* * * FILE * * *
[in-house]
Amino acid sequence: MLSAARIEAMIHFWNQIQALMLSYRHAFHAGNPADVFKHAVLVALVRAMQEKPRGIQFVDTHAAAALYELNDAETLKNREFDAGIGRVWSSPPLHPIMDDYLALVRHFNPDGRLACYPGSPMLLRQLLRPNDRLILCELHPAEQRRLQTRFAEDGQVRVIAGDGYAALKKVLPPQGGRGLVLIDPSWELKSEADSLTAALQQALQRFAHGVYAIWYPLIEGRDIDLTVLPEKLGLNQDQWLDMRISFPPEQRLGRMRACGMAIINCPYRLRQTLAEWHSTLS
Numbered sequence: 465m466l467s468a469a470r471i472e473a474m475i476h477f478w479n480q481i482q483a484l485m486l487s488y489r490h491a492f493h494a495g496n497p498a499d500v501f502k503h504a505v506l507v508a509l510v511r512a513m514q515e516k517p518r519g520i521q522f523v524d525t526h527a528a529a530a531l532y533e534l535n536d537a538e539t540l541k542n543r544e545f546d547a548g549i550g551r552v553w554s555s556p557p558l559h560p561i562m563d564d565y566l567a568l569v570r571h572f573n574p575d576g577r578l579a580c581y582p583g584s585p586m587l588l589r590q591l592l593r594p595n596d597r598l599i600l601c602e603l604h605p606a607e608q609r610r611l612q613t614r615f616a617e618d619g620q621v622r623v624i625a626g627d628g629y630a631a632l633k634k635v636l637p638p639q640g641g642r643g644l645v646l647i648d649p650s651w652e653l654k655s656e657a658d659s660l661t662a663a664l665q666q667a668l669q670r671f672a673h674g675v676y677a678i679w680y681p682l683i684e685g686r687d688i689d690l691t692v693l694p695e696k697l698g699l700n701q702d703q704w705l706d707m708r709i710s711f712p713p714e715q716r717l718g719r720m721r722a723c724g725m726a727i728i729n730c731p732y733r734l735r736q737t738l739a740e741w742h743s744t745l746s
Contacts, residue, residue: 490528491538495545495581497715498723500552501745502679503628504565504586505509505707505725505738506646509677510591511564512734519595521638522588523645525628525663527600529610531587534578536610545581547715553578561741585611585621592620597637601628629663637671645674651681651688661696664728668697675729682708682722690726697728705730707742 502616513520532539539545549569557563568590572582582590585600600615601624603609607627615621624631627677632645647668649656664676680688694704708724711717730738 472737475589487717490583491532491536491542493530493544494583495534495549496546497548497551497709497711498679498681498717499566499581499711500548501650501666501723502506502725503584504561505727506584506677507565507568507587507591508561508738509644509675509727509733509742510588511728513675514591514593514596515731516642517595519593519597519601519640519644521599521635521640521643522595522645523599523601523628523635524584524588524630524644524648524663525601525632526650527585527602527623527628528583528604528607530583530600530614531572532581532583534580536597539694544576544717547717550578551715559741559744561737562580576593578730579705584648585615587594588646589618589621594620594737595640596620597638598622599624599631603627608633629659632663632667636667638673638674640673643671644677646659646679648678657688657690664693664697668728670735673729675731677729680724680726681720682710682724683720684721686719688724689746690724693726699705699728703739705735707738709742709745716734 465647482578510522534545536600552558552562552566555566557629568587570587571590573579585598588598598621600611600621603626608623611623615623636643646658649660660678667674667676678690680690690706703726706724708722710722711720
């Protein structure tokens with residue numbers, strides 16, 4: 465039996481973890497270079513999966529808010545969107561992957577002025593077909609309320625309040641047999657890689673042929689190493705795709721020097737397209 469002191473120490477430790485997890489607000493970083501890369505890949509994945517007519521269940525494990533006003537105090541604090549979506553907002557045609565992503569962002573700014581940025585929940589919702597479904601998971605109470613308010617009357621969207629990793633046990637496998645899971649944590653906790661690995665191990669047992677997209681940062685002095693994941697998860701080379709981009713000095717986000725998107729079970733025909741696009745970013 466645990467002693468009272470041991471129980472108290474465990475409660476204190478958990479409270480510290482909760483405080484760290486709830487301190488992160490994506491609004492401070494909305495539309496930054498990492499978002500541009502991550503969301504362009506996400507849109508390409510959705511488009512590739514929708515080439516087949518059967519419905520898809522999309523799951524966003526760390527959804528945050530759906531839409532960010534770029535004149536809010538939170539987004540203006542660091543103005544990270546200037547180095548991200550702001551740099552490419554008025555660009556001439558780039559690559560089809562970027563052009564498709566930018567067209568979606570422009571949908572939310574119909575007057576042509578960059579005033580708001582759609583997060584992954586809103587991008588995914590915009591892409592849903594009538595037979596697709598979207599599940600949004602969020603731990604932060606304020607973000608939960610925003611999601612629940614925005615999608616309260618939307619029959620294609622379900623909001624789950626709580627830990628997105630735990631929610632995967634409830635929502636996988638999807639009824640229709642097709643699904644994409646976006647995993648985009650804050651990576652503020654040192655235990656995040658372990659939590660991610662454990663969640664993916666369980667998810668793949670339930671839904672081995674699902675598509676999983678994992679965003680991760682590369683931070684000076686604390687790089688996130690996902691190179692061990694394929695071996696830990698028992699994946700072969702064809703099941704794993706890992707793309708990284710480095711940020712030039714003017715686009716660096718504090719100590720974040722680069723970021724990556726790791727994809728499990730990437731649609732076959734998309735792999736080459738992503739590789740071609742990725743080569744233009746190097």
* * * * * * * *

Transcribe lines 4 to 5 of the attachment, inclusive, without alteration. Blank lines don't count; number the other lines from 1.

Contacts, residue, residue: 490528491538495545495581497715498723500552501745502679503628504565504586505509505707505725505738506646509677510591511564512734519595521638522588523645525628525663527600529610531587534578536610545581547715553578561741585611585621592620597637601628629663637671645674651681651688661696664728668697675729682708682722690726697728705730707742 502616513520532539539545549569557563568590572582582590585600600615601624603609607627615621624631627677632645647668649656664676680688694704708724711717730738 472737475589487717490583491532491536491542493530493544494583495534495549496546497548497551497709497711498679498681498717499566499581499711500548501650501666501723502506502725503584504561505727506584506677507565507568507587507591508561508738509644509675509727509733509742510588511728513675514591514593514596515731516642517595519593519597519601519640519644521599521635521640521643522595522645523599523601523628523635524584524588524630524644524648524663525601525632526650527585527602527623527628528583528604528607530583530600530614531572532581532583534580536597539694544576544717547717550578551715559741559744561737562580576593578730579705584648585615587594588646589618589621594620594737595640596620597638598622599624599631603627608633629659632663632667636667638673638674640673643671644677646659646679648678657688657690664693664697668728670735673729675731677729680724680726681720682710682724683720684721686719688724689746690724693726699705699728703739705735707738709742709745716734 465647482578510522534545536600552558552562552566555566557629568587570587571590573579585598588598598621600611600621603626608623611623615623636643646658649660660678667674667676678690680690690706703726706724708722710722711720
């Protein structure tokens with residue numbers, strides 16, 4: 465039996481973890497270079513999966529808010545969107561992957577002025593077909609309320625309040641047999657890689673042929689190493705795709721020097737397209 469002191473120490477430790485997890489607000493970083501890369505890949509994945517007519521269940525494990533006003537105090541604090549979506553907002557045609565992503569962002573700014581940025585929940589919702597479904601998971605109470613308010617009357621969207629990793633046990637496998645899971649944590653906790661690995665191990669047992677997209681940062685002095693994941697998860701080379709981009713000095717986000725998107729079970733025909741696009745970013 466645990467002693468009272470041991471129980472108290474465990475409660476204190478958990479409270480510290482909760483405080484760290486709830487301190488992160490994506491609004492401070494909305495539309496930054498990492499978002500541009502991550503969301504362009506996400507849109508390409510959705511488009512590739514929708515080439516087949518059967519419905520898809522999309523799951524966003526760390527959804528945050530759906531839409532960010534770029535004149536809010538939170539987004540203006542660091543103005544990270546200037547180095548991200550702001551740099552490419554008025555660009556001439558780039559690559560089809562970027563052009564498709566930018567067209568979606570422009571949908572939310574119909575007057576042509578960059579005033580708001582759609583997060584992954586809103587991008588995914590915009591892409592849903594009538595037979596697709598979207599599940600949004602969020603731990604932060606304020607973000608939960610925003611999601612629940614925005615999608616309260618939307619029959620294609622379900623909001624789950626709580627830990628997105630735990631929610632995967634409830635929502636996988638999807639009824640229709642097709643699904644994409646976006647995993648985009650804050651990576652503020654040192655235990656995040658372990659939590660991610662454990663969640664993916666369980667998810668793949670339930671839904672081995674699902675598509676999983678994992679965003680991760682590369683931070684000076686604390687790089688996130690996902691190179692061990694394929695071996696830990698028992699994946700072969702064809703099941704794993706890992707793309708990284710480095711940020712030039714003017715686009716660096718504090719100590720974040722680069723970021724990556726790791727994809728499990730990437731649609732076959734998309735792999736080459738992503739590789740071609742990725743080569744233009746190097």